Breaking Down Disability Stigma

How do we dismantle the stigma of disability?

In the last three episodes of Care Work, Alida gathered the perspectives of three people working to change society’s approach to accessibility and inclusivity. Tim Villegas helps school systems build support and curriculum for more inclusive classroom environments, María Emilia Lasso de la Vega normalizes inclusive design by incorporating it into every environment, and Lauren Schrero Levy works with individuals of all ages who have been sectioned off from society at large.

The work of these changemakers is necessary, at least in part, due to the stigmatization of difference—specifically of intellectual and physical disabilities. In the 1960s, Erving Goffman defined stigma as “the situation of the individual who is disqualified from full social acceptance” due to identity, beliefs, or values. 

We still adhere to Victorian-era disability stigma

So deep-seated are our society’s problematic beliefs around disability that it can be jarring to discover that the practice of categorizing and segregating individuals with disabilities only developed in the mid-1800s. Until then, disability was a family affair, carefully kept out of the public eye. But amidst rapid industrialization, mass relocation to urban centers, and the subsequent increase in poverty, people with intellectual and physical disabilities were suddenly more visible.

The Victorians linked disability with poverty and moral failing, which justified their deliberate sectioning off of individuals into almshouses and prisons. Such individuals were an inconvenience, both because they reminded people of their own impending need for care and because they could not uphold a “normal” role in the society built expressly to exclude them. In our broader society, little has changed in this regard.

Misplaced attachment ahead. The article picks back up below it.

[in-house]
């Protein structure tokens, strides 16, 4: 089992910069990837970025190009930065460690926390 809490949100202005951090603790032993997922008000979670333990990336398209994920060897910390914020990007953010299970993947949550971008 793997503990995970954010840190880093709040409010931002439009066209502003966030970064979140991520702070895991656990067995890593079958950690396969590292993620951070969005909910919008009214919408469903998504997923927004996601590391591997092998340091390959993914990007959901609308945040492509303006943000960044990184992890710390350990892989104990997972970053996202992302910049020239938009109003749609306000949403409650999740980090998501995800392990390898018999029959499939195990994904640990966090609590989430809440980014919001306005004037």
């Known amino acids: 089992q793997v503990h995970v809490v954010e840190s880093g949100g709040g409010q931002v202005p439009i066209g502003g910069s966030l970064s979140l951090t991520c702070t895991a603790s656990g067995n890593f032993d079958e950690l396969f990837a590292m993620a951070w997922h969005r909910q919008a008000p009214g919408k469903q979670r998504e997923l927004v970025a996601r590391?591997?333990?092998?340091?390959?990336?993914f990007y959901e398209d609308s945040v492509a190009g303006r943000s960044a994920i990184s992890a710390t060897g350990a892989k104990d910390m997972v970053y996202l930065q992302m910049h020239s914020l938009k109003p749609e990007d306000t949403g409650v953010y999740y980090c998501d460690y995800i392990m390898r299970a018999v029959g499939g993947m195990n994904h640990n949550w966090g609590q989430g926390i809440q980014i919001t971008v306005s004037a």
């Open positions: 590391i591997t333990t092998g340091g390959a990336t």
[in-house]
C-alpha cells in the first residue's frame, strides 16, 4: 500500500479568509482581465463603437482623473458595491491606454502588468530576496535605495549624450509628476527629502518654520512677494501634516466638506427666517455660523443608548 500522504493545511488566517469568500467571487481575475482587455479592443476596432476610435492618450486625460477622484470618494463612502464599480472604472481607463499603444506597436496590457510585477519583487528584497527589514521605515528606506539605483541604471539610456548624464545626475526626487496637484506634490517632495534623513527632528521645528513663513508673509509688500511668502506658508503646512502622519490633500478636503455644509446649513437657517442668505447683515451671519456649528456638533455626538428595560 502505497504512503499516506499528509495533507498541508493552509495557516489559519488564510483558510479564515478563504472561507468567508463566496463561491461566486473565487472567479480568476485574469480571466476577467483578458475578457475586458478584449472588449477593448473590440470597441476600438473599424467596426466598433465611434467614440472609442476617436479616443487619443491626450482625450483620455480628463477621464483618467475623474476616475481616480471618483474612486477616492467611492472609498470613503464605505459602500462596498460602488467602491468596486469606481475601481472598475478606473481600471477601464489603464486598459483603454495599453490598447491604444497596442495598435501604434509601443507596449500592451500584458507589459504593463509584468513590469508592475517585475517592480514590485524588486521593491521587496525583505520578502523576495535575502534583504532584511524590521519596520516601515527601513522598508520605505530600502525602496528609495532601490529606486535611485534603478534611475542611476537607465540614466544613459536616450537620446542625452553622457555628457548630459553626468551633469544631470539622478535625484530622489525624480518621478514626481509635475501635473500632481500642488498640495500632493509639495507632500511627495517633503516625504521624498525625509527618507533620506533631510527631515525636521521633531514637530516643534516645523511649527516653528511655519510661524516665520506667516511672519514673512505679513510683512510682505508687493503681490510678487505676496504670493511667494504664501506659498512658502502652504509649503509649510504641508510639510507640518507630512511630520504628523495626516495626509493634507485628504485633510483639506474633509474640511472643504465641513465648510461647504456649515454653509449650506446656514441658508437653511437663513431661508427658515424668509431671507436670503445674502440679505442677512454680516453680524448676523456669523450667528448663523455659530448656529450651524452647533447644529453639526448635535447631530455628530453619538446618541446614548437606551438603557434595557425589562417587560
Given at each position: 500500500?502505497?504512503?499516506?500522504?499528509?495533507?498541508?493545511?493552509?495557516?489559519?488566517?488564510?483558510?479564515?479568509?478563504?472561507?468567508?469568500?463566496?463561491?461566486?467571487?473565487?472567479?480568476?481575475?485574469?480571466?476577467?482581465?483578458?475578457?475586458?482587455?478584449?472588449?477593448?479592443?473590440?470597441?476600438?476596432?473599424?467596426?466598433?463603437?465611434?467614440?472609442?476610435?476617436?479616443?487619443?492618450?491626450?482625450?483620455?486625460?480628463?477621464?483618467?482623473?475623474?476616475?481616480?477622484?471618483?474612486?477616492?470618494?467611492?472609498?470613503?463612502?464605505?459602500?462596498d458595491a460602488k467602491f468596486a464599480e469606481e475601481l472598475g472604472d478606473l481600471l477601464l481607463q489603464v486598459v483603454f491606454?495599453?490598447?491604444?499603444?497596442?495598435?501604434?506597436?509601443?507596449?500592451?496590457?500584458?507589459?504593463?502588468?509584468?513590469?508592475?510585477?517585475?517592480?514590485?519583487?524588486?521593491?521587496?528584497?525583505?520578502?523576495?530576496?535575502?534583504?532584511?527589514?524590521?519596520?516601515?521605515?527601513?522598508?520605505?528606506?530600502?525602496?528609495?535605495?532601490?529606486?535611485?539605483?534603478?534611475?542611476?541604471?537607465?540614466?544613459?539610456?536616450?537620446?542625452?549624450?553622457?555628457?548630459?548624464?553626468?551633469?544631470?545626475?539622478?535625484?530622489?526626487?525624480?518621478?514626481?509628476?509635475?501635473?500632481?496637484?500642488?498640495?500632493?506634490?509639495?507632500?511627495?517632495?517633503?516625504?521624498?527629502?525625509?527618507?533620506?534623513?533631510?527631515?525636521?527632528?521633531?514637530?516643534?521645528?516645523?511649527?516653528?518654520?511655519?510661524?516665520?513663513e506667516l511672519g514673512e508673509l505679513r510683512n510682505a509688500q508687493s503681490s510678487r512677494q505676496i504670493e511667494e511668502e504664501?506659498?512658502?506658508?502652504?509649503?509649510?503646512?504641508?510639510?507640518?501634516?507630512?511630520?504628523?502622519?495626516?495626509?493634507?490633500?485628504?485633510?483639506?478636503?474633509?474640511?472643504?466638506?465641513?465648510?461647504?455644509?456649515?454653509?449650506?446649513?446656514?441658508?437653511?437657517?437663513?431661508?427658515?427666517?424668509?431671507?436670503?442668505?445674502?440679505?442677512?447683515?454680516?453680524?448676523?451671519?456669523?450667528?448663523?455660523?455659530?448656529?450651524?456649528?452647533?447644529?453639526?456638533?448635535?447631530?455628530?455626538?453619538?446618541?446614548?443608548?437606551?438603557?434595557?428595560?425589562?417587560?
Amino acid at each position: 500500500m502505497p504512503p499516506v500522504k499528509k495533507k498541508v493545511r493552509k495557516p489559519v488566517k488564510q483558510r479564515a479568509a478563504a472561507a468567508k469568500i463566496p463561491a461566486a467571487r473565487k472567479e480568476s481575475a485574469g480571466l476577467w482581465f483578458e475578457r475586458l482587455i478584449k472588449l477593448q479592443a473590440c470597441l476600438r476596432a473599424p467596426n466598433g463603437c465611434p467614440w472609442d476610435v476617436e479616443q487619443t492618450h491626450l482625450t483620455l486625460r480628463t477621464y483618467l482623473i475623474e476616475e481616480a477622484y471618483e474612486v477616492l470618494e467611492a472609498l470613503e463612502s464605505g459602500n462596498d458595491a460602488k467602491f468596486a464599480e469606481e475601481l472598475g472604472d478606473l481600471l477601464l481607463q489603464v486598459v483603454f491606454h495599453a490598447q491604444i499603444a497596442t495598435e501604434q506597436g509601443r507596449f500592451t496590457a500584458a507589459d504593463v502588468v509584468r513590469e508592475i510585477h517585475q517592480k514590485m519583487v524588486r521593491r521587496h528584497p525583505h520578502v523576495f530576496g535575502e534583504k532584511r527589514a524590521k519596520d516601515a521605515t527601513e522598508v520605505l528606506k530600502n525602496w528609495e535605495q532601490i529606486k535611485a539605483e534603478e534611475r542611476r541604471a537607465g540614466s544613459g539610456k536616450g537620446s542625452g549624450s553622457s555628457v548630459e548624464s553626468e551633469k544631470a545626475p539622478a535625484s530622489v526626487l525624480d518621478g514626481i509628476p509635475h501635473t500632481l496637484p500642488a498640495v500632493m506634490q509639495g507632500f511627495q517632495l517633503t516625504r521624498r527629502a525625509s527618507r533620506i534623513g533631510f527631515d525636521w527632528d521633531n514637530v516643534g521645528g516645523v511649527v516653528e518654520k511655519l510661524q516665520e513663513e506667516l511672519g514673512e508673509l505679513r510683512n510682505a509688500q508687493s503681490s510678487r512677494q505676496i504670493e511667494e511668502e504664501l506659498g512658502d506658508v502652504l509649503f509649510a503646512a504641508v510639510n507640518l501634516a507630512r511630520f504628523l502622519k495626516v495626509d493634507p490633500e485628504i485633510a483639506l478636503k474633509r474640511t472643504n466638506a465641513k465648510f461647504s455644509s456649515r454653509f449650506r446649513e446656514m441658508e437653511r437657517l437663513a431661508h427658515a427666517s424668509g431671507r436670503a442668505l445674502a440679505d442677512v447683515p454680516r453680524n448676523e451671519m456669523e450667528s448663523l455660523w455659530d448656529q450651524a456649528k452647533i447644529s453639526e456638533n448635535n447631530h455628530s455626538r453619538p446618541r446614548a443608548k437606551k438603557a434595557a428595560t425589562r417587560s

The close-minded closed captioning initiative

We have now had over one hundred years of pushback against not only the implementation of accessible and inclusive spaces and mindsets but the acceptance of people with disabilities as being worthy of this inclusion. Too often, the argument of whether the population in need is large enough to make a change “worth it” is used to mask an even greater argument: that people with disabilities, in and of themselves, are not “worth it.”

In her book “What Can a Body Do?: How We Meet the Built World,” Sara Hendren uses the Television Decoder Circuitry Act of the 1990s to exemplify this. Advocacy groups pushing for legislation requiring closed captioning (CC) capabilities on every new television faced down the communications industry, who argued that this implementation was too expensive to justify for the few people who would benefit from its development. They meant that the demographic closed captioning would most benefit was not their target market and, therefore, unworthy of special consideration.

Years later, after the act passed and closed captioning become a part of every household television, it was clear that widespread implementation had rendered the cost of this feature negligible. Furthermore, the numbers argument was wholly disproven. Not only do a vast number of people use CC to accommodate their hearing differences, but the feature is invaluable in many other situations, such as airing the news without sound in crowded public spaces and watching TV after our children go to bed.

The cumulative effect of disability justice

The closed captioning act is an excellent supporting document for María Emilia Lasso de la Vega’s work with inclusive spaces. Making spaces inclusive and accessible from the start—building from the foundational assumption that everyone’s needs are different rather than accommodating after the fact for the “inconvenient” needs of some—both helps everyone and furthers the overarching goal of making broadly accessible spaces required, expected, and, therefore, unremarkable. The more acceptance of these varied initiatives, the less costly they become.

The discussion around disability justice continues to expand, and this episode of the Care Work podcast is a starting point for deepening your understanding of the movement. Alida’s approach focuses on the issues we’re still facing, even as dedicated individuals like Tim, María Emilia, and Lauren work diligently to make our society a more inclusive and accessible space for all. Be sure to listen in, and catch up on any recent related episodes if you missed them.

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